The Cat's Russian agenda: No nukes, political assassinations or vote rigging

2018-06-21 19:30
Deputy President David Mabuza. (Jan Gerber, News24)

Deputy President David Mabuza. (Jan Gerber, News24)

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When Deputy President David Mabuza recently travelled to Russia and met with the Russian government, the nuclear deal wasn't on the agenda. Neither was political assassinations, nor election rigging.

This is what emerged when Mabuza answered questions in the National Council of Provinces on Thursday.

DA MP from Gauteng Bronwyn Engelbrecht, asked what was discussed with President Vladimir Putin and the Russian government regarding the nuclear deal when he visited Russia recently and whether any current "and/or future agreements" were made regarding nuclear power. 

READ: Mabuza says nuclear deal wasn't discussed during Russian trip

But the deputy president corrected Engelbrecht and said he hadn't met with Putin.

"The purpose of our working visit to Russia as appointed by the president, was to deliver South Africa's message of congratulations to President Vladimir Putin on his re-election as well as his subsequent inauguration. We would recall that President Ramaphosa could not attend due to prior commitments," he said.

He added that he met with the Russian minister of foreign affairs. 

"In our discussions, we renewed South Africa's commitment to further develop the good relationship with Russia, guided by the 2013 Joint Declaration on Strategic Partnership. We further discussed the importance of the implementation of the provisions of the declaration, especially pertaining to the annual political consultations by foreign ministers and the biennial consultations at president's level."

He also expressed South Africa's appreciation that Russia accepted the proposed dates to host the South Africa-Russia 15th ITEC Session in Moscow and discussed South Africa's readiness to host the BRICS summit of heads of state in Johannesburg.  

Reforms of the United Nations

"The final issue we discussed was reforms of the United Nations. We enlisted the support of the Russian government for South Africa's candidature for the non-permanent seat in the United Nations Security Council. The honourable members would be aware that South Africa was overwhelmingly voted into the UN Security Council," said Mabuza.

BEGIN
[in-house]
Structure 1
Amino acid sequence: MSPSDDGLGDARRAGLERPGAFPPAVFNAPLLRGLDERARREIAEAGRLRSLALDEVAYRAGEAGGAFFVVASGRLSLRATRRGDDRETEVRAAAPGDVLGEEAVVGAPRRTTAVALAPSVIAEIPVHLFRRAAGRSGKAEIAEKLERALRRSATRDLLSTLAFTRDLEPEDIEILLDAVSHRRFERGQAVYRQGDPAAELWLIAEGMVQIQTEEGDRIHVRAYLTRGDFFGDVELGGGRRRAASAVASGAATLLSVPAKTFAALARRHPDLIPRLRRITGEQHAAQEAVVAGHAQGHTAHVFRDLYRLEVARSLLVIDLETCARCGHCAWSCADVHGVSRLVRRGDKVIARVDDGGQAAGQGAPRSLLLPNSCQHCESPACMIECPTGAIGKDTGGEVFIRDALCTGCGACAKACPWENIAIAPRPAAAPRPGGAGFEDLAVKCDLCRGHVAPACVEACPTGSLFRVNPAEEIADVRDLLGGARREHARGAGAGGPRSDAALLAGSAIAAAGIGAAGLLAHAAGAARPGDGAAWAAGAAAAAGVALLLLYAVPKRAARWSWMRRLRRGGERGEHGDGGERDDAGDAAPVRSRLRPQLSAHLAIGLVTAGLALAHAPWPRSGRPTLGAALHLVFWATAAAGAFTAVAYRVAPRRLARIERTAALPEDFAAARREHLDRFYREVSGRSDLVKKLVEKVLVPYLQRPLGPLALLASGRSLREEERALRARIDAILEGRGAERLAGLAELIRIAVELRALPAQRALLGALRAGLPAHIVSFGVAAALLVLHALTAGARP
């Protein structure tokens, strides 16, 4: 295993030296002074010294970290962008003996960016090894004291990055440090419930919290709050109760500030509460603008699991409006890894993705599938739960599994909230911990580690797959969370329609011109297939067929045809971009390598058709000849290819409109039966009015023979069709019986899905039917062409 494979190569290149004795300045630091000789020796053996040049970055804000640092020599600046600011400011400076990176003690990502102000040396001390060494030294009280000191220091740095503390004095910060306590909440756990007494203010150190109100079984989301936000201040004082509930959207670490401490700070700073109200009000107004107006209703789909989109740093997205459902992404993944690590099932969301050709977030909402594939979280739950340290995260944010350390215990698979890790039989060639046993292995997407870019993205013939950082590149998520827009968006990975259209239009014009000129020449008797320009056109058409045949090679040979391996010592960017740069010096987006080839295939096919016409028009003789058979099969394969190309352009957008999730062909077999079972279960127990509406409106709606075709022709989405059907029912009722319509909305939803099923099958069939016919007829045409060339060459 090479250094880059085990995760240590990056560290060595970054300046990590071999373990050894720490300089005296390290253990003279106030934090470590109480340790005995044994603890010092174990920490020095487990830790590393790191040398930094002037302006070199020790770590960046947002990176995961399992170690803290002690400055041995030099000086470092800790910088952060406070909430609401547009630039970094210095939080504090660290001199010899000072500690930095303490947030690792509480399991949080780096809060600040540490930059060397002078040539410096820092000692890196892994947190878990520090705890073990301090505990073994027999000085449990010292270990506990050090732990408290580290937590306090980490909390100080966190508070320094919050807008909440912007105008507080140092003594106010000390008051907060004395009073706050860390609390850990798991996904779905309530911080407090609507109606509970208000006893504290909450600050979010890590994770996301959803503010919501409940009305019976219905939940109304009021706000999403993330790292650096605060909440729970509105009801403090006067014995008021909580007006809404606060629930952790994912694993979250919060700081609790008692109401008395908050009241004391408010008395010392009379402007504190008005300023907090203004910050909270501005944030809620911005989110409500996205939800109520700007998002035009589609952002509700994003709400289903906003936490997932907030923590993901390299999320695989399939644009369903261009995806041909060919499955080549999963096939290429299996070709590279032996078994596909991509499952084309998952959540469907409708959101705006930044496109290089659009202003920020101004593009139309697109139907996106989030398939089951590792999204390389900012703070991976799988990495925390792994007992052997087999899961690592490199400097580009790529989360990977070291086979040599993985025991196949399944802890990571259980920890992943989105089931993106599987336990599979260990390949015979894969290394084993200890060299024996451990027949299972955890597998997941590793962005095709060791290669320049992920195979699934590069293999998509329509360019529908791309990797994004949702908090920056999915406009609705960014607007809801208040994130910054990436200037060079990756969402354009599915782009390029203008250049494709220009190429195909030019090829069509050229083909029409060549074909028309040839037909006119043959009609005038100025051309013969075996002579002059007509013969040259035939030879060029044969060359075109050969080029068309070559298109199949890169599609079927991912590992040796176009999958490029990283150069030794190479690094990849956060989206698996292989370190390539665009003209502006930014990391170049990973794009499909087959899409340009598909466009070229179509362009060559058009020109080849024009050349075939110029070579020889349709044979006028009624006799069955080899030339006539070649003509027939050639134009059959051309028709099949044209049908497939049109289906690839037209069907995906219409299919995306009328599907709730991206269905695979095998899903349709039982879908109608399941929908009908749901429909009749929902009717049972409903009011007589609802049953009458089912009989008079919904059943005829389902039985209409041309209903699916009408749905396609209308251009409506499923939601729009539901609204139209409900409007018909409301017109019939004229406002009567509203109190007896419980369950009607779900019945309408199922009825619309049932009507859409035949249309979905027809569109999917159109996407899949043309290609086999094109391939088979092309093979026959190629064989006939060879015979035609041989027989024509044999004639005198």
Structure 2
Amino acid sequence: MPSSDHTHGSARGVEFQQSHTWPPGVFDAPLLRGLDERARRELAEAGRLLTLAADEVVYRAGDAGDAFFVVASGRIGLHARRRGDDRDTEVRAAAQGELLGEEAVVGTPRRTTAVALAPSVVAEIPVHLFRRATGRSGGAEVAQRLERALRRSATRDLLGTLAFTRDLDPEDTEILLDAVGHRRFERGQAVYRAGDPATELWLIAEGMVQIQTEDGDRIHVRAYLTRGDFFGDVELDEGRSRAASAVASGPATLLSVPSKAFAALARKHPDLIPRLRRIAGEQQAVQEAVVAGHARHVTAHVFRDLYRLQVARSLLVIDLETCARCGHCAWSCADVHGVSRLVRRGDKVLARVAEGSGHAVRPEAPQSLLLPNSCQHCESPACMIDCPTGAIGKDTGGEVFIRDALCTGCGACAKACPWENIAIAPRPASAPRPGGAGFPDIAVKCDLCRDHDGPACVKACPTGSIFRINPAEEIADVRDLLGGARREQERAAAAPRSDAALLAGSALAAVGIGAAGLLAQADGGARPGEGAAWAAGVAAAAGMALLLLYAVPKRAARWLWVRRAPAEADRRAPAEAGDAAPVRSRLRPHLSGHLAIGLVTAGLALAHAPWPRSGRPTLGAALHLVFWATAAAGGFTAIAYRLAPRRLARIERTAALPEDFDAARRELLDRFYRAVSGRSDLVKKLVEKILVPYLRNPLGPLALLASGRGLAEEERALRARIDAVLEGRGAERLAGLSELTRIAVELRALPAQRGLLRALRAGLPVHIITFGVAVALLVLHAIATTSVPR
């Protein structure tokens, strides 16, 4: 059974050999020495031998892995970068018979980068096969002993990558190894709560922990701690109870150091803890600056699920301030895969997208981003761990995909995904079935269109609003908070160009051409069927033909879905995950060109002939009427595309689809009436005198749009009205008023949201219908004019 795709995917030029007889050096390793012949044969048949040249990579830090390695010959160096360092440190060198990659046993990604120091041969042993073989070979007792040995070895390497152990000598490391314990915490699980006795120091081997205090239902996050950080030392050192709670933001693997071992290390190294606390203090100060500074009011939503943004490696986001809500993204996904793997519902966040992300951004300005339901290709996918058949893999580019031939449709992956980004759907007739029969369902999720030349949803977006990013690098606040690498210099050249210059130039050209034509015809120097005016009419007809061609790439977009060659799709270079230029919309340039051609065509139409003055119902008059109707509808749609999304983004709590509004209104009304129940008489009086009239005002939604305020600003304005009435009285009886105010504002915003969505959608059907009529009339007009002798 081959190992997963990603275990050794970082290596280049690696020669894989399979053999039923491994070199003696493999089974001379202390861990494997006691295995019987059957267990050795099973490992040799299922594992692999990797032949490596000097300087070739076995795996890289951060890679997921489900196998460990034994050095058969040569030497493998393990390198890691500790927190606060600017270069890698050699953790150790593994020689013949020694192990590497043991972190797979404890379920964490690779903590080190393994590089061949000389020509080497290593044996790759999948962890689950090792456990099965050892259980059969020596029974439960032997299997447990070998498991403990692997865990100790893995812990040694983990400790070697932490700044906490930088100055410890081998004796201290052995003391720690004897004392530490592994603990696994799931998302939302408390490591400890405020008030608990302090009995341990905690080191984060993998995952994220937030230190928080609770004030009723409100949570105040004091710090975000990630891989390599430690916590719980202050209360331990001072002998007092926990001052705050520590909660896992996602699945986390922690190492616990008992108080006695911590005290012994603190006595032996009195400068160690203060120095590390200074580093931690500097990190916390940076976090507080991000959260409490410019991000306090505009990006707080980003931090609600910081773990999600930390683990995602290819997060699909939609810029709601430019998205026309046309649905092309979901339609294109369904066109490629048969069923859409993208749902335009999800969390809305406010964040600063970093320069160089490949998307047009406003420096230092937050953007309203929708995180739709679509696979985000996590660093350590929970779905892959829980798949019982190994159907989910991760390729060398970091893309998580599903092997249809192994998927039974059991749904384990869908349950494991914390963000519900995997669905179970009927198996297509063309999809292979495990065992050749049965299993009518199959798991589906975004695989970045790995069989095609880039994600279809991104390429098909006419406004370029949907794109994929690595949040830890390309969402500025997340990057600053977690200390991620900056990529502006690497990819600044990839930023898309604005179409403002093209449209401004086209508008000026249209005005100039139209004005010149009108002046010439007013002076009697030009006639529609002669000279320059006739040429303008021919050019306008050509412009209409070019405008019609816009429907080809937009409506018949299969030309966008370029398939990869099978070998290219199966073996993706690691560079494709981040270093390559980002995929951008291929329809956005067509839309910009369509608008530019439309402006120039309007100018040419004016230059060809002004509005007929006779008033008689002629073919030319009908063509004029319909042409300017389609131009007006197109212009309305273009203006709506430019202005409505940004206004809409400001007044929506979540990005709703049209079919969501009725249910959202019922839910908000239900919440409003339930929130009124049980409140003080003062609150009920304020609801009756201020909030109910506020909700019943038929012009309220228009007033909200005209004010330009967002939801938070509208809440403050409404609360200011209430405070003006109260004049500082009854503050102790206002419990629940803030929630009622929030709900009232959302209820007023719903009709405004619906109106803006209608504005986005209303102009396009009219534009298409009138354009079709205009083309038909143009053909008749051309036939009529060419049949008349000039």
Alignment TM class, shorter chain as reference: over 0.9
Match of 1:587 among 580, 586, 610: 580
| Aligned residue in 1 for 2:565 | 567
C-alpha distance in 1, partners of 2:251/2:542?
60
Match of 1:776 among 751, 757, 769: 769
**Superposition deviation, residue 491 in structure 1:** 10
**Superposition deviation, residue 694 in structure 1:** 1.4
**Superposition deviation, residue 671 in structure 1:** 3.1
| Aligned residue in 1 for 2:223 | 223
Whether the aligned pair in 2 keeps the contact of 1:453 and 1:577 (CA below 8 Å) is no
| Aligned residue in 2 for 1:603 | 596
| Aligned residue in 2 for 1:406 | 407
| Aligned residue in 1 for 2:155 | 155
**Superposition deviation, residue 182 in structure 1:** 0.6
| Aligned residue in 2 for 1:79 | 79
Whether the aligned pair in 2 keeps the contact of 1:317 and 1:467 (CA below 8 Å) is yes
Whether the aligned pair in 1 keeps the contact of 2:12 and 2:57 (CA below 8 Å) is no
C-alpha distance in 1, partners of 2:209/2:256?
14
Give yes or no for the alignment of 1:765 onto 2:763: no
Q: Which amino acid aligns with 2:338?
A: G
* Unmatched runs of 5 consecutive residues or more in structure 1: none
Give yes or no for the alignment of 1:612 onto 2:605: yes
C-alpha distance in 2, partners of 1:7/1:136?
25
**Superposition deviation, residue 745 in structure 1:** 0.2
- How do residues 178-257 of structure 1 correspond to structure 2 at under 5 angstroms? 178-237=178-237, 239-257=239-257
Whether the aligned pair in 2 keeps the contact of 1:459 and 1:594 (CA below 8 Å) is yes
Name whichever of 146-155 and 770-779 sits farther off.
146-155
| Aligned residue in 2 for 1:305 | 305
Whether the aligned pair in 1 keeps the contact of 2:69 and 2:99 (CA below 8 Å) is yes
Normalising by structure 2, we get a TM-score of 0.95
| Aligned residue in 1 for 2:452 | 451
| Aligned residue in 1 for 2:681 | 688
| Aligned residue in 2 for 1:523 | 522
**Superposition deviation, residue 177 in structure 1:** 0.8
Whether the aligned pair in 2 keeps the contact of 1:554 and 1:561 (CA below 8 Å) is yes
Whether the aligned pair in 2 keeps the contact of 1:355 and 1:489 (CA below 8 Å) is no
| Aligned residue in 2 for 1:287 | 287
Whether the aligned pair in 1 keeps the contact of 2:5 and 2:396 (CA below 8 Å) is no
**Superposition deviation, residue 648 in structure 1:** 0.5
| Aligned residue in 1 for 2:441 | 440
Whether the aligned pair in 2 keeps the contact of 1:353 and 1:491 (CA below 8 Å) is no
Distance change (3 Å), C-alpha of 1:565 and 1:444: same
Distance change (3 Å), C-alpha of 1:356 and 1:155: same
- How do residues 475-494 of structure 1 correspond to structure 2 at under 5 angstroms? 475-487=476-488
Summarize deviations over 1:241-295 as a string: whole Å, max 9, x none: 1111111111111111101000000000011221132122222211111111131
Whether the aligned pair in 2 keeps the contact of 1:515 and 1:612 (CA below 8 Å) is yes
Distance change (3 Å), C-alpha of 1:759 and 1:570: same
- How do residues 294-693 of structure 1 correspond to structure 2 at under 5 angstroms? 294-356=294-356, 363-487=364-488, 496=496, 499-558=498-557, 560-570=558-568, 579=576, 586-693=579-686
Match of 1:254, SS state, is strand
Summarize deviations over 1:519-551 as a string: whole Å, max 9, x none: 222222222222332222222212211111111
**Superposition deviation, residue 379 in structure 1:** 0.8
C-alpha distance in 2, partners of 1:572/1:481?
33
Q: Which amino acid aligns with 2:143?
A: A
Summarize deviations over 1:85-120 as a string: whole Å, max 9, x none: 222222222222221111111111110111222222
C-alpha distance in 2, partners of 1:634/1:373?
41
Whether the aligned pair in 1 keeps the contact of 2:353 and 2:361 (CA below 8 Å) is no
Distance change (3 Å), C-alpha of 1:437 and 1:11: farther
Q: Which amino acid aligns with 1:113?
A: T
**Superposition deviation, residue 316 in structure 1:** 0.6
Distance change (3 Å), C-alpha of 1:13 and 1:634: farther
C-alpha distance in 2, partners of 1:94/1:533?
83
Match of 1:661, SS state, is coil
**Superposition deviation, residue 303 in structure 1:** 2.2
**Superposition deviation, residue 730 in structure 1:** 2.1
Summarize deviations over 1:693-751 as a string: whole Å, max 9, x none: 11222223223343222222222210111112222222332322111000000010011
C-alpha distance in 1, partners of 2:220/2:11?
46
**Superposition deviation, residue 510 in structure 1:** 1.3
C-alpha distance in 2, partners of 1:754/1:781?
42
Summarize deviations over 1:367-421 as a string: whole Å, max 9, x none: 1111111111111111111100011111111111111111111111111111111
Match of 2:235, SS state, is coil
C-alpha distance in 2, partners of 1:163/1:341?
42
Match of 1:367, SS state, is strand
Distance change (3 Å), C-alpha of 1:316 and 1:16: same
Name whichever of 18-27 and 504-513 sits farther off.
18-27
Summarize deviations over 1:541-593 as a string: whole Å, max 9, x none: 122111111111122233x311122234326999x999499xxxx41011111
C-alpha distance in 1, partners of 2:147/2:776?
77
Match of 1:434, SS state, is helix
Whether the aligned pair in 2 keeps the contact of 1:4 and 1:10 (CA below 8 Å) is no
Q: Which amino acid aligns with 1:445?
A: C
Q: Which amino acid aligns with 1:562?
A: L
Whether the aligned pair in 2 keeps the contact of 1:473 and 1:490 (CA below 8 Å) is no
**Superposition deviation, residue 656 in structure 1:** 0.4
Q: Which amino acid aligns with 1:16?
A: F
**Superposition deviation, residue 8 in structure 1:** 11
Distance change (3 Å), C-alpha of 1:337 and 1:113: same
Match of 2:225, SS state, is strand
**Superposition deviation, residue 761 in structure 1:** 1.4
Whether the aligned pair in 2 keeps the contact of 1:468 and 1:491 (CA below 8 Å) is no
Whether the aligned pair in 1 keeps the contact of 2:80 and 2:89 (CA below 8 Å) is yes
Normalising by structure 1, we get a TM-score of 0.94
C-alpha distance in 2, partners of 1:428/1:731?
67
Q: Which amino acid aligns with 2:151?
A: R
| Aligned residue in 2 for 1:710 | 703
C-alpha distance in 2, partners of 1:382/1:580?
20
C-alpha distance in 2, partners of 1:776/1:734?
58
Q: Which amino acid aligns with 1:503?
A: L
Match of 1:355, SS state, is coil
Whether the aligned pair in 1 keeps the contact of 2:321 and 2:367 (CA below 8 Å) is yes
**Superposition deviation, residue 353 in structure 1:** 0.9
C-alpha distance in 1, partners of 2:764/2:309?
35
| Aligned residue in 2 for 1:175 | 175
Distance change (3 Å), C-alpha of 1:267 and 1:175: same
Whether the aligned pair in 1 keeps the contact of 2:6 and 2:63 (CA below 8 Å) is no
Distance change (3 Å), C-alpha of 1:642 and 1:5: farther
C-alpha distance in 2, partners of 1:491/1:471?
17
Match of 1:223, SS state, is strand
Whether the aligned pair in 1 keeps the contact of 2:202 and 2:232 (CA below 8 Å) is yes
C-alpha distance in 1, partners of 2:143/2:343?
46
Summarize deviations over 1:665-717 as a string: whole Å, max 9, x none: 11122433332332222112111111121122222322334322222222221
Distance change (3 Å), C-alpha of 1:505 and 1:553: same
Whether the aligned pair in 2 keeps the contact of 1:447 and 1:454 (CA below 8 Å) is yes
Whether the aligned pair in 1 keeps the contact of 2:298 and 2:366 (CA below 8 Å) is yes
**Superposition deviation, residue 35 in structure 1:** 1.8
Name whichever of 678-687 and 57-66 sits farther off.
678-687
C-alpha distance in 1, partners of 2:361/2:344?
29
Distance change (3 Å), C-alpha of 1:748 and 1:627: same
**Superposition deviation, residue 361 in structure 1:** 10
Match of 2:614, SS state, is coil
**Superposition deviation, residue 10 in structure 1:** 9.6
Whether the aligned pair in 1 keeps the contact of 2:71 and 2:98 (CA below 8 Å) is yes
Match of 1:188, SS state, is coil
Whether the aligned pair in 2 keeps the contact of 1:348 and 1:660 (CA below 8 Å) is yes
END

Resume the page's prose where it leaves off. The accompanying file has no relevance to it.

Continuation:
"In all the issues I have referred to above, there is no mention of nuclear. As no discussions regarding the so-called nuclear deal were held. No reference was made [to] any current and or future agreements. 

"Having said that, our government's position on nuclear remains that it is part of our energy mix to diversify our sources of energy. Our Integrated Resource Plan, to be concluded later in the year, will determine the role of nuclear in that mix."

In her follow-up question, Engelbrecht asked if he discussed the modus operandi of political murders with his Russian counterparts, given his alleged history, and that of Russia. Mabuza glared in Engelbrecht's direction.

At first, presiding officer Archibold Nyambi asked her to withdraw. But in the end, it was allowed and Mabuza was given a choice of answering, because it was a new question.

Mabuza said he thought he should answer it and said he did not discuss any political assassinations.

"That was not on the agenda."

"If there is anyone with any information on political assassinations, please do the honourable thing and go to law enforcement agencies and open a case," he said.

He added that raising this without evidence was tantamount to character assassination.

DA MP from Limpopo Christiaan Smit, later asked if he discussed the modus operandi of election rigging with the Russians, in light of Russians allegedly rigging elections in their own and other countries.

Nyambi said this was a new question and therefore had a choice of whether or not to answer.

"I'm not going to answer a new question anymore," Mabuza said as he smiled.

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Read more on:    david mabuza  |  vladimir putin  |  russia  |  cape town  |  nuclear

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